The match was Bill Shankly's last as Liverpool manager, as he stepped down to be replaced by Bob Paisley.
1980s Dominance: Wembley Becomes Anfield South
Liverpool lost the 1976-77 Final, 2-1 to Manchester United in a match which saw three goals in just five second-half minutes. Jimmy Case's strike was not enough for the Reds however, who lost for the fourth time at the final hurdle.
The 1980s, however, belonged to Liverpool in a big way as they were regular visitors to Wembley Stadium, helping coin the term Anfield South amongst Kopites.
In 1985-86 Liverpool and Everton met in the final for the first time, and it was the Red half of Merseyside who emerged victorious, courtesy of a 3-1 win.
Things weren't looking great for Liverpool after Gary Lineker turned home a shot at the second attempt less than half an hour in, and Everton went into the break a goal up.
Liverpool turned the game on its head, however, with an Ian Rush double either side of a Craig Johnston effort.
That win gave the Reds the League and Cup double, after they had secured championship glory just days earlier—and it was Everton again who were runners up in that competition.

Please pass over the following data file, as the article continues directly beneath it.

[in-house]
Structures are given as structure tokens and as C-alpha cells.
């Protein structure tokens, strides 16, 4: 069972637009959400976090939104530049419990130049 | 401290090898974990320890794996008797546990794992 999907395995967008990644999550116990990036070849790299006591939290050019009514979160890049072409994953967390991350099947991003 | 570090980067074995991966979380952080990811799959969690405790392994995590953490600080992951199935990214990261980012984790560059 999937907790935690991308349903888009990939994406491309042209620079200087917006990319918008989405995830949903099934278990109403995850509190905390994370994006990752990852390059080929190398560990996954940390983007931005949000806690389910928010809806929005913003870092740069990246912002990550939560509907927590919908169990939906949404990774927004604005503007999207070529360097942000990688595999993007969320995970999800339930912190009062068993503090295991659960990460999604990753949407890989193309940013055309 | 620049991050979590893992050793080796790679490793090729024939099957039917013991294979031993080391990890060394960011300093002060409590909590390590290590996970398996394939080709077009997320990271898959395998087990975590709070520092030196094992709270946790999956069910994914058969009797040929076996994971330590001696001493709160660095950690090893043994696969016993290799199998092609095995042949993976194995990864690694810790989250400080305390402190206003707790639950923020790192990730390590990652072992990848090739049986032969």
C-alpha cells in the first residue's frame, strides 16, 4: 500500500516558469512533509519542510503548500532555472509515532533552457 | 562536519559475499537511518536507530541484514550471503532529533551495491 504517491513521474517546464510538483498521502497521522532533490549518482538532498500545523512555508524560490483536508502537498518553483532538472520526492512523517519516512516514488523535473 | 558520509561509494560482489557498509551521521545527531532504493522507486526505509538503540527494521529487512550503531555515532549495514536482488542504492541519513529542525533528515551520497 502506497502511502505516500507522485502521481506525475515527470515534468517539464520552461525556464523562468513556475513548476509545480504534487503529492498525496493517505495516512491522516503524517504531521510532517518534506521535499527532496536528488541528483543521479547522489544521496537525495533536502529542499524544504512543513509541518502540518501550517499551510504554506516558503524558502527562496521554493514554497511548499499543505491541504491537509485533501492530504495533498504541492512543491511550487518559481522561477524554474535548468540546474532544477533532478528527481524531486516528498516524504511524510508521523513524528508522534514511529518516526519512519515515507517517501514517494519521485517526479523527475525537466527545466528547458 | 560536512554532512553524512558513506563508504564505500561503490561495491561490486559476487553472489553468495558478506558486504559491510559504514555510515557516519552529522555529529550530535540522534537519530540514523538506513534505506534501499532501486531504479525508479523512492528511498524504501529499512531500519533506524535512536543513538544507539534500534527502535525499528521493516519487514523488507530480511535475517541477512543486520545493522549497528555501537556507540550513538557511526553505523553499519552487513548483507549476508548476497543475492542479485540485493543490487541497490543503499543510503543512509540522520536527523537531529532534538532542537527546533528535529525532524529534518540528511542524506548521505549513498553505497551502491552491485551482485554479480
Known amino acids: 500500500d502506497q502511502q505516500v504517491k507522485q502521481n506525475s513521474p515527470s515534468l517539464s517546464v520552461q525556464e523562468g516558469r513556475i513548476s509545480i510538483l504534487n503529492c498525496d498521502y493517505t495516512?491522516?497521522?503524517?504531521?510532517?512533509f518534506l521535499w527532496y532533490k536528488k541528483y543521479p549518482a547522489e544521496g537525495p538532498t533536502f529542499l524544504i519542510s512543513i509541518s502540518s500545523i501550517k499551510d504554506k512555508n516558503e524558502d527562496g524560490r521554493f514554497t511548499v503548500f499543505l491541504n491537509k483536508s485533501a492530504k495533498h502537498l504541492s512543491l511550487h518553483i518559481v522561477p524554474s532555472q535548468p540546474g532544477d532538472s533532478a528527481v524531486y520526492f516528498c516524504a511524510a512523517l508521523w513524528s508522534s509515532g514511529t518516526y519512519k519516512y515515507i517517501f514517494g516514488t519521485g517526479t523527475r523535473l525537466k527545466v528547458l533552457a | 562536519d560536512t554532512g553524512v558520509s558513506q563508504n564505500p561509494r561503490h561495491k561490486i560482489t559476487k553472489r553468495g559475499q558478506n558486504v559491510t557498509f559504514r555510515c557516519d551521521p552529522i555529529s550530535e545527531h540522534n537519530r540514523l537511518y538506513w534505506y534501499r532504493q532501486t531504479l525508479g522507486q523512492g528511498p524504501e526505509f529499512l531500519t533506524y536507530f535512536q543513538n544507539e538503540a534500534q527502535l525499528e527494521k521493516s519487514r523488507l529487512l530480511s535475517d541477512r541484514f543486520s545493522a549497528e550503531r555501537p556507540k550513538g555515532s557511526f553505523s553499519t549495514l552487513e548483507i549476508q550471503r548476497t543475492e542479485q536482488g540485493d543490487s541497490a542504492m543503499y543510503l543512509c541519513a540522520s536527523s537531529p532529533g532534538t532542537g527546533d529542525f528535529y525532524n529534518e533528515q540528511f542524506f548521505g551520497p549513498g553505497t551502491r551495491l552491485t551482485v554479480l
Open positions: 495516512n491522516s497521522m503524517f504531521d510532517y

1988: A Day John Aldridge Would Rather Forget
Liverpool were supposed to have an easy passage to their fourth-ever FA Cup win as they faced Wimbledon FC at Wembley in 1988, but it didn't quite go to plan as the Reds were beaten 1-0.
The side passed up chance after chance before Lawrie Sanchez headed in from close range at 37 minutes.
In the second half the Reds saw a goal disallowed as the referee had already decided to award Liverpool a free kick, and worse still, Liverpool missed a penalty through John Aldridge on the hour mark.
Wimbledon goalkeeper Dave Beasant, captaining his side, became the first goalkeeper to ever save an FA Cup final penalty in the process.
It was a big chance for Liverpool to rack up a second league and cup double, following their achieving of it in 1986, but it wasn't to be this time.
1989: The Merseyside Final
In the most poignant and memorable—for so many reasons—FA Cup Final ever at the time, Liverpool and Everton once again crossed swords for the 1989 final.
Barely five weeks had passed since the tragedy at Hillsborough in the semifinals, but the Reds had bravely gathered themselves and won fair passage through to the final at Wembley.
Three years earlier Liverpool had run out convincing 3-1 winners but this time around it was a real helter-skelter final which swung this way and that, going into extra time before the Reds came out on top of a five-goal thriller.